The phase detection is done at 125 kHz, a convenient frequency for precise measurement, and high enough for filtering.

About 20 ns of jitter are clearly visible in the u-blox output, because it is running on a 48 MHz internal clock.

The circuit is running well, because of the few parts the cost is low and should be easy to reproduce. Let me know in case you need the ATMega code (written in GCC).

The display shows the phase angle, essentially, the duty cycle of the phase comparator output, the stability of the OCXO voltage (by a low pass algorithm), and the lock condition of the GPS (detected by measuring the frequency with timer0 of the ATMega8, and the INT0 interrupt at rising flank to reset the timer).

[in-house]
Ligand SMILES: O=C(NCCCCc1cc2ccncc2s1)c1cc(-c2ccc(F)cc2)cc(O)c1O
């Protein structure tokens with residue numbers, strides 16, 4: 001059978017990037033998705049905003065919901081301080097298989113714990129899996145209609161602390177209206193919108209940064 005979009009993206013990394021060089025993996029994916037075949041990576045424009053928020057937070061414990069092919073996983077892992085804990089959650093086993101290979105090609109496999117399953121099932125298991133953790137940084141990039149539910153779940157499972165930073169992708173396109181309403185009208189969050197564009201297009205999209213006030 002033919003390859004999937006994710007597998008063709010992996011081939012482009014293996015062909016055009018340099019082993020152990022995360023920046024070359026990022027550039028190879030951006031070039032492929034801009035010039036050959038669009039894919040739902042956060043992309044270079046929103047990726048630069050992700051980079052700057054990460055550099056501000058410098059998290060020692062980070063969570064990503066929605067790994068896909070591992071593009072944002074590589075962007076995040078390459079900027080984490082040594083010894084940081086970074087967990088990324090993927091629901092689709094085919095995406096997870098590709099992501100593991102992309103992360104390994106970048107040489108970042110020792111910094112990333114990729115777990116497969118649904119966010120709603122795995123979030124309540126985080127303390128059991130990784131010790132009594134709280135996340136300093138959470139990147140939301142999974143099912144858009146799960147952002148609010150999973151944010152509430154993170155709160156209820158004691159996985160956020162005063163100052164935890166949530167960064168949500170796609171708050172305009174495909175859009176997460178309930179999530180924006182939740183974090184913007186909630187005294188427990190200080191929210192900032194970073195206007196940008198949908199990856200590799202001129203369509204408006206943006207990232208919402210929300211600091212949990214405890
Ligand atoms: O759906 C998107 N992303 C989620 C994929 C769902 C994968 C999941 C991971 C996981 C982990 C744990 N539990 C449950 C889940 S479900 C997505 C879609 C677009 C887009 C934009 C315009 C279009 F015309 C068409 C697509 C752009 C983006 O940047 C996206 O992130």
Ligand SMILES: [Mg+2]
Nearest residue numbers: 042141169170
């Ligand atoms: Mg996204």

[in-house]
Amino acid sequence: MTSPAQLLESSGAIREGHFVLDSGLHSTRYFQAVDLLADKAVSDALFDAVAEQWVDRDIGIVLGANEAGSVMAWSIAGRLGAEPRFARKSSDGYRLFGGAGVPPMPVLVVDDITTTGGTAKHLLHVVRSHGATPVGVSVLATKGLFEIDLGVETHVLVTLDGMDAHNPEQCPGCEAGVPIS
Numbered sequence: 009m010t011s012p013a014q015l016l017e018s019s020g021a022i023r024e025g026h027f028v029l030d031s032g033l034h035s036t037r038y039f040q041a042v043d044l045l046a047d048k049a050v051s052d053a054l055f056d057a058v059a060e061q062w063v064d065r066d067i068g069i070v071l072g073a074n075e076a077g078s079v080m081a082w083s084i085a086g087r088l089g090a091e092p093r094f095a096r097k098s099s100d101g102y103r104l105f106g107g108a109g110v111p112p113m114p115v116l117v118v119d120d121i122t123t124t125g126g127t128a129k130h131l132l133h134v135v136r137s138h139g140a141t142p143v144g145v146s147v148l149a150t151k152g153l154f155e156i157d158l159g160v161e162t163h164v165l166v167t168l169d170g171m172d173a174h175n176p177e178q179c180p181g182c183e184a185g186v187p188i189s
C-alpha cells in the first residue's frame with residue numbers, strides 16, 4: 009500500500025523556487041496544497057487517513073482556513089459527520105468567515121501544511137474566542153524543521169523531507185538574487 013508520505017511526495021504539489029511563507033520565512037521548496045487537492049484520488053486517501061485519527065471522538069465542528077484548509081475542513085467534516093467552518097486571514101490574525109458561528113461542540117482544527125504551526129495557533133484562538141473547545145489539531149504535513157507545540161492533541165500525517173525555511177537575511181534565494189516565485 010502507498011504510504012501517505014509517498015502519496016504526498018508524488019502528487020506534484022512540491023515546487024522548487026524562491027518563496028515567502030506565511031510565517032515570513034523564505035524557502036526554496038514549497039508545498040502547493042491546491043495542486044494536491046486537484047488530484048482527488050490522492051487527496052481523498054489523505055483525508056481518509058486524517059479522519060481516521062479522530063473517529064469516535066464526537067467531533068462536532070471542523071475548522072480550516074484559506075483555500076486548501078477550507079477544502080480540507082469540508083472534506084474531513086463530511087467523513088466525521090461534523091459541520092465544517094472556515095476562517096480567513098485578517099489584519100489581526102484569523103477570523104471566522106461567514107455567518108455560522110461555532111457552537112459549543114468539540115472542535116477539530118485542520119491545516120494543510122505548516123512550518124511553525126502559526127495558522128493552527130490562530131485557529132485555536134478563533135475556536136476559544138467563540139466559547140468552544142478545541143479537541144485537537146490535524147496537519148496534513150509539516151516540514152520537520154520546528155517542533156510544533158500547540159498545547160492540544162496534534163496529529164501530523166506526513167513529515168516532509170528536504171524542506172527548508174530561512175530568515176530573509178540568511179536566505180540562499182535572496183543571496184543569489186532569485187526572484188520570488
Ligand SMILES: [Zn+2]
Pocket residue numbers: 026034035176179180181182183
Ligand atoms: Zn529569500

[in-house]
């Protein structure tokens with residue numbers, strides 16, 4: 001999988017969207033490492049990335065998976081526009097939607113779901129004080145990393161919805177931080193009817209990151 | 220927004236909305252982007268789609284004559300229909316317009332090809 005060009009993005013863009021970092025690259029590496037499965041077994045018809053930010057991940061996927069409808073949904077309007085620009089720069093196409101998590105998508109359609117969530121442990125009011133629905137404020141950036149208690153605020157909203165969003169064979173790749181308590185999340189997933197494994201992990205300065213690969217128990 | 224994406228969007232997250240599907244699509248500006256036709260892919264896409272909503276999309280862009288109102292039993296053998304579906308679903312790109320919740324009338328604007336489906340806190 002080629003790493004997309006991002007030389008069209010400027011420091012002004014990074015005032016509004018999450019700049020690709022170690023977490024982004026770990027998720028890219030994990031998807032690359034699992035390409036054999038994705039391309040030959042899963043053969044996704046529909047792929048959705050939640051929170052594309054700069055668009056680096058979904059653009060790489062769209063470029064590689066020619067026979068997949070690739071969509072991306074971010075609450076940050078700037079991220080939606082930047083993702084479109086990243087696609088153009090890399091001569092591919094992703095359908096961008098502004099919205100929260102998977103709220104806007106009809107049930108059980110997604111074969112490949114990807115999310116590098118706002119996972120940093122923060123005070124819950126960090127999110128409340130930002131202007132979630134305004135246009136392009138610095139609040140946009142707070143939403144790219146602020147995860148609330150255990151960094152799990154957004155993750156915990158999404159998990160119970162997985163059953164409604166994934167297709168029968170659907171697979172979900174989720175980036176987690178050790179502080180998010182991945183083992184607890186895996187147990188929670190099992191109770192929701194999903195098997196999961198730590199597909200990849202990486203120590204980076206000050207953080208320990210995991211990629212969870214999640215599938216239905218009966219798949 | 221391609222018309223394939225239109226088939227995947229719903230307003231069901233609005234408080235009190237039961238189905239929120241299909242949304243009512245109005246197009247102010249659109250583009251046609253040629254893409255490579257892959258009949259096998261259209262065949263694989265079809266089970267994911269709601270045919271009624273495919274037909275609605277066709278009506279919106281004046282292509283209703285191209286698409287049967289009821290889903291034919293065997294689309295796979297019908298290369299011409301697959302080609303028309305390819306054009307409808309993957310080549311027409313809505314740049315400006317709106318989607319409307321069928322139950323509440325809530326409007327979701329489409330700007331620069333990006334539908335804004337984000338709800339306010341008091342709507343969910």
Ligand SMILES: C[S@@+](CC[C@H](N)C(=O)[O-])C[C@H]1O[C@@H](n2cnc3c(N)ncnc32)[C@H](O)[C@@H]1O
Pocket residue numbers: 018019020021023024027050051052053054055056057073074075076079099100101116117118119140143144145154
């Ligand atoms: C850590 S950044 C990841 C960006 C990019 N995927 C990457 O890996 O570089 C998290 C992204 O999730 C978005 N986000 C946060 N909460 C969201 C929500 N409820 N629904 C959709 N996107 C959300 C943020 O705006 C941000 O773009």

Phase noise is very small, there are no visible spurs (the lines seen on the screen relate to recalibration events of the analyzer rather than spurious signals, except those at +-125 kHz – at -90 dBc – probably you can get rid of these by better shielding and compartmentalization).

Sure there could be more sophisticated phase noise measurement, by analyzing the control voltage with a low frequency analyzer. I may proceed with such analysis these days but don’t expect to find much, anyway, would be best to fit the circuit to a shielded box first.

All in all, I believe this is a very workable solution that will give you great performance at lowest cost, and with little effort. Sure it will work with various types of OCXOs, the Trimble unit used is generally very good in terms of drift and phase noise. Be aware that some newer Trimble units aren’t all that good. The OCXO draws about 2 Amps at 12 Volts upon startup, but it is OK to start it with a current limited supply, at about 1 Amp, if you don’t want to overdesign the power supply.

GPSDO: a new 10 MHz distribution (and isolation!) amplifier